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Destroying a building by exploding petrol underneath it.
techie
reynardo wrote in little_details
A friend of mine has a query for her Urban Commando type story. Modern, current day, this world, Australian city, this universe, no magical or other odd powers.

She's got the zombies *and* the bad guys trapped in a building. The heroine has had a change of heart and doesn't want the bad guys to become zombies, so she wants to instead destroy the building by blowing up some cars in the basement carpark, or alternately just siphoning the petrol onto the carpark floor and exploding that. How many litres/Gallons of petrol detonated 2 floors below might give her the destruction of at least 50 square meters of real estate, as in a small block with shops on the ground floor and offices above. The bad guys and zombies are trapped on the upper floor.

I've read of a couple of instances - This one in Prahran, Melbourne in 1968 had "several gallons" of petrol, and would have destroyed the office and set the building alight. This one in Sydney last year was only 10 litres of petrol, which doesn't seem like very much. Whereas this idea of the Fuel Air bomb didn't need much more than a fuel can's worth - or so he said. Yet I feel that wouldn't be enough.

Searches done on "blowing up buildings with petrol", "blowing up buildings with gasoline" and the old favourite "why am I doing this for my friend?"

Ideas? Scientific studies? Anonymous confessions of similar instances?

the biggest issue with petrol(gasoline) is that the fuel/air mix needs to be "right", otherwise you just get a stinky mess. Your friend could always handwave it with a take from "The Walking Dead" - the facility dealt with unpleasant materials and already had a self-destruct mechanism built in?

Ohhh tempting. Thank you!

it was quite spectacular - a CDC facility rigged with a fuel-air bomb.

"Big badda boom" indeed!

Here are some quick links on how much explosive power petrol/gasoline has, and its behavior. The internet consensus seems to be that 8 US fluid ounces are equivalent to 5 sticks of dynamite, so you might look up how much dynamite it takes to demolish your size of building.
http://www.captaindonfleming.com/pdf_word_files/8_Taking%20on%20Fuel.pdf
http://www.mqtcty.org/Departments/Fire/Files/HTML/flammable_liquids_gas.htm

There's also the point that smaller explosions in strategic places could be a better bet for leveling the whole building, like an actual, professional demolition. http://science.howstuffworks.com/engineering/structural/building-implosion.htm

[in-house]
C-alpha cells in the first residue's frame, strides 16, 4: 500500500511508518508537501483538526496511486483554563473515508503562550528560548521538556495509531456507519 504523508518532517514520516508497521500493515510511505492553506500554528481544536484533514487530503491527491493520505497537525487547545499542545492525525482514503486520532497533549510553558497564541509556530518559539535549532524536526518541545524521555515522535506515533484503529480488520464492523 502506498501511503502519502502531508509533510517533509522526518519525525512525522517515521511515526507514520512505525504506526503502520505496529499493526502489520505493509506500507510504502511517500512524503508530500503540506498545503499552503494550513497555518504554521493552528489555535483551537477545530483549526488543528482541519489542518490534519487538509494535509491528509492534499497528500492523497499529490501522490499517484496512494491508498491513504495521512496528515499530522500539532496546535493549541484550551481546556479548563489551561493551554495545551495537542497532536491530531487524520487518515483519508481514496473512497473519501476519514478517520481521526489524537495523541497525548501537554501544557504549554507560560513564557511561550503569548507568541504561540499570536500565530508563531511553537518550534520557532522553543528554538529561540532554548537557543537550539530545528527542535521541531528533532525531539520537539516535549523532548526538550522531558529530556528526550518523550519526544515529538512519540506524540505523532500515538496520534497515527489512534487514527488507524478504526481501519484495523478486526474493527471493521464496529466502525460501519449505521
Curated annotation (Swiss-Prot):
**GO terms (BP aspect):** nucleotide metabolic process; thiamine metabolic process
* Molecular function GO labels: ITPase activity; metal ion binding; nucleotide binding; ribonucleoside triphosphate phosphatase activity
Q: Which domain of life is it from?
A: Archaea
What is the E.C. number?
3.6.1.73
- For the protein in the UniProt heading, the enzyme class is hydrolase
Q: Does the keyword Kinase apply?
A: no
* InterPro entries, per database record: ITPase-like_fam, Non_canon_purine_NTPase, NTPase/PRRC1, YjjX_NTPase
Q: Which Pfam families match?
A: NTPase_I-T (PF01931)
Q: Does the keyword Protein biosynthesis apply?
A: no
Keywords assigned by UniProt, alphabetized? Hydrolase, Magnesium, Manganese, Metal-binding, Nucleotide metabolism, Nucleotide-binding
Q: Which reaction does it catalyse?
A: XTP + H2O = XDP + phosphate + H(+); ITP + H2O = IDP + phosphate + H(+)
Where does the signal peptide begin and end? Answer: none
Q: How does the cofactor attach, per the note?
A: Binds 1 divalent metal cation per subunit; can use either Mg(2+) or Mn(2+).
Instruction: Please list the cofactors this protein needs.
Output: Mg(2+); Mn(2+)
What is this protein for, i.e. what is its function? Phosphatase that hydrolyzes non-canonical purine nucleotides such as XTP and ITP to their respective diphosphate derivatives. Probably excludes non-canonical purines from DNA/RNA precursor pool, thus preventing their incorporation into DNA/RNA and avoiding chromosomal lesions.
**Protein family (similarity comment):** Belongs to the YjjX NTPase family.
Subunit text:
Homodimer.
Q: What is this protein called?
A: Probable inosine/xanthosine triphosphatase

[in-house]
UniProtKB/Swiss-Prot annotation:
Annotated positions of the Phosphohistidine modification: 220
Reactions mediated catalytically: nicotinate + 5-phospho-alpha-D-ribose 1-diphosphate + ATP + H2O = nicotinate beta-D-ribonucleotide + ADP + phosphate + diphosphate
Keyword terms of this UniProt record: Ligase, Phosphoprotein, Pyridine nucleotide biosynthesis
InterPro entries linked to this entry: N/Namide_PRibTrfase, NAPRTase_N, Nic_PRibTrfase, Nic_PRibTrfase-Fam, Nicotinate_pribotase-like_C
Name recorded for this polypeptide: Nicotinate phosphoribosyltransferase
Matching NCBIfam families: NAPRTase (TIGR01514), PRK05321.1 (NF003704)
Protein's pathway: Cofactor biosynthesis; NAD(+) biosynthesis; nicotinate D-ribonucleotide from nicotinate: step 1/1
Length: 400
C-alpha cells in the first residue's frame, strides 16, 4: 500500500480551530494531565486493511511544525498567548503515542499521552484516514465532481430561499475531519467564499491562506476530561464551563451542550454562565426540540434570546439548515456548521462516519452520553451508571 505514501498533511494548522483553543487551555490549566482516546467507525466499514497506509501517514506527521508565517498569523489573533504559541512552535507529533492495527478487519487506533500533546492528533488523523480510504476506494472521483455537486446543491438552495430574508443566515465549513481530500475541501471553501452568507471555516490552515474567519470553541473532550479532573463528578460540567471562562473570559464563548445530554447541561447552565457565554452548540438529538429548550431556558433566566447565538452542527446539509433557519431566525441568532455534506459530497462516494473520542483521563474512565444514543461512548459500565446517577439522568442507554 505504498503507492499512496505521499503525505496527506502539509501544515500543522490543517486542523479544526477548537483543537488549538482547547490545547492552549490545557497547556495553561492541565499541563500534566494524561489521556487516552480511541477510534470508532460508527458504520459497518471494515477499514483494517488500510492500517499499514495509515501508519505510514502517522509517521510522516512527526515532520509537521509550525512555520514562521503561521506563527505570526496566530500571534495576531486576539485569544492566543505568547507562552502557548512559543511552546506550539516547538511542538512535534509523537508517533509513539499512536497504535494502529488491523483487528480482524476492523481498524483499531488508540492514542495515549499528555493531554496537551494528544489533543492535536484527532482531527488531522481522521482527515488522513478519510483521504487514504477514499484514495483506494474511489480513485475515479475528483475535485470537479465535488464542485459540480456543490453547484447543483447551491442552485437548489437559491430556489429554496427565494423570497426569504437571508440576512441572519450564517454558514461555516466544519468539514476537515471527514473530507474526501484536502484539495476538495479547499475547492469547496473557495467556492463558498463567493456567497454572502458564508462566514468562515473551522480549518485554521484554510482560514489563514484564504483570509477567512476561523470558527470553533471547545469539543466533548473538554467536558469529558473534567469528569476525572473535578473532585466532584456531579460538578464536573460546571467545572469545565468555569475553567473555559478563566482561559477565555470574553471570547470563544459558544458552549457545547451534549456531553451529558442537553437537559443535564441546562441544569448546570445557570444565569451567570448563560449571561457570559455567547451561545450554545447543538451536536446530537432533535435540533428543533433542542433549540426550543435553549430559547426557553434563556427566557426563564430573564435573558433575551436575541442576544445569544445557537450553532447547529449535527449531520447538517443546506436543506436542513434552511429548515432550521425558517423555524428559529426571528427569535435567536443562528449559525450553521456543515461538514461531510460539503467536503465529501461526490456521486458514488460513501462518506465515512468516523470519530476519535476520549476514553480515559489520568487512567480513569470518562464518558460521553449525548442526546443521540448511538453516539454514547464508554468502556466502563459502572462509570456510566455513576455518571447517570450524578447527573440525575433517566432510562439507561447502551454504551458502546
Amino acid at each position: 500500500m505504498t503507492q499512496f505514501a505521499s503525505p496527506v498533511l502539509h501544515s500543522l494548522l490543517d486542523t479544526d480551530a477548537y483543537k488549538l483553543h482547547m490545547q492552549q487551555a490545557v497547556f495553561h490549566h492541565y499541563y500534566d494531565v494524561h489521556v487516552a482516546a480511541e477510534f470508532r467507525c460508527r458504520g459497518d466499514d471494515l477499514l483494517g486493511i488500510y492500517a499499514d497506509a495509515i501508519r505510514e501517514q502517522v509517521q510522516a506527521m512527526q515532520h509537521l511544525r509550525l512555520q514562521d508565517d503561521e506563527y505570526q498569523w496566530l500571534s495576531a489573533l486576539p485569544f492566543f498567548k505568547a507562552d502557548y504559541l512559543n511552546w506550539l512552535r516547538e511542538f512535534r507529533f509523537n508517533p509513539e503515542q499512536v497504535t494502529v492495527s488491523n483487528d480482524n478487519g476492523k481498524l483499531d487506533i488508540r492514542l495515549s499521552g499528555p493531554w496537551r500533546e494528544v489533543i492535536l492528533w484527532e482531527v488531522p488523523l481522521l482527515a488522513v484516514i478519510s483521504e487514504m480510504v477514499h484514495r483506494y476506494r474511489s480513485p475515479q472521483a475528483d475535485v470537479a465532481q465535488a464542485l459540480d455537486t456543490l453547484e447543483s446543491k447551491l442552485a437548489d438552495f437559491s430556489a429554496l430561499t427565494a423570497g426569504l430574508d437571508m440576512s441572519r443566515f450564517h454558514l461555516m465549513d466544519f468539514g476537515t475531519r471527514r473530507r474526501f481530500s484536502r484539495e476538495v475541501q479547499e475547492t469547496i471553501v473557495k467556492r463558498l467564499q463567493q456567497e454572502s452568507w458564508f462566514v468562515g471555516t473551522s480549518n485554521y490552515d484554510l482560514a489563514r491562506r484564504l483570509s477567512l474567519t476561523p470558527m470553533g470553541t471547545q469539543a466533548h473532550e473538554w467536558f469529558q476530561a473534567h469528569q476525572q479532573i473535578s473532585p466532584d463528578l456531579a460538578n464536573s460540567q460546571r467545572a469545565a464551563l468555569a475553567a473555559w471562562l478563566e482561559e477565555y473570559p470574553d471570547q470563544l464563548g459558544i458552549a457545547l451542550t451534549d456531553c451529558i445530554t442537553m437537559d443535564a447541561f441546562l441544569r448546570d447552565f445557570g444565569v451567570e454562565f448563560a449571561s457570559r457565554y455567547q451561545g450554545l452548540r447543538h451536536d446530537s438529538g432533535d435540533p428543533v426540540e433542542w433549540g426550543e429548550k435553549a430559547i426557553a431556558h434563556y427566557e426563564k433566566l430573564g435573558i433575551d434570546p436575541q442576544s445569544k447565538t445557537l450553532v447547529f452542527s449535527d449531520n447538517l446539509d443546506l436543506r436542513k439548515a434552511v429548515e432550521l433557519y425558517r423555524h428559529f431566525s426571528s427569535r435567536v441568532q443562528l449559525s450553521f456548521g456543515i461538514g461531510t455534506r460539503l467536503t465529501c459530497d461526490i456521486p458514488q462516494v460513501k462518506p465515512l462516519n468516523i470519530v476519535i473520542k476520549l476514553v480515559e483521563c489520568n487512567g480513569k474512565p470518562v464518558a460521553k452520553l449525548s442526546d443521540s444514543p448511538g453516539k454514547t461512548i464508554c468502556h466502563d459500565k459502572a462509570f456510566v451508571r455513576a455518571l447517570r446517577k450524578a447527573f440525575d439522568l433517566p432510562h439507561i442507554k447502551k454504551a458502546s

The other thing to note is that flash fires from petrol are more common than explosions. Petrol fumes often behave like this: http://www.youtube.com/watch?v=3f4lPzxSm5A That said, there's also this: http://www.youtube.com/watch?v=HOOc5kT39ec

My boss's brother is famous in the neighborhood for trying to do the same thing the guys in the videos did, except in a pit. He poured the fuel on the logs and branches, then went to take a phone call or something. Came back a few minutes later, threw something into the pit to light it, and I'm told logs went flying 50 feet in the air. So I think you can reasonably handwave the proper air/gas mixture so long as it's in a confined space. I think the bigger question is, how is the MC going to set off this explosion without killing herself in the process?


Damn - not killing herself is fairly important. Of course, the classic scene with the protagonist walking away with a smile and not even a glance back, while, behind her, the building explodes with pieces flying everywhere...

I'm doing civil engineering at uni so I should hopefully have some things to add.

I would perhaps look away from "exploding" the building from a few parked cars and more towards collapsing it. Any building made of concrete will have steel reinforcing bars embedded in it. All engineers will design that steel to have an adequate cover for fire, enough concrete so that the heat won't weaken the steel. However, if you take away that cover, it will only be about 5cm or so, then the reinforced concrete column/slab is much more likely to fail. If enough columns fail then you are definitely going to have a catastrophic failure of all the various structural members that hang off those columns. Think chain reaction.

The columns most likely to cause this will be in the middle of the building, where the highest loads are.

Perhaps there is a petrol station located near the car park and your heroine grabs a petrol tanker or something, crashes it into the car park, she then sets the leaking petrol on fire and runs. The petrol ignites, weakens the steel and the building collapses. The collapse then causes the huge petrol tanks under the station to rupture and ignite from the still burning carpark, cue the huge, Hollywood explosion.


Hope this helps somewhat...

Oh that all sounds lovely... or rather, it'll be one hell of a bang - thank you!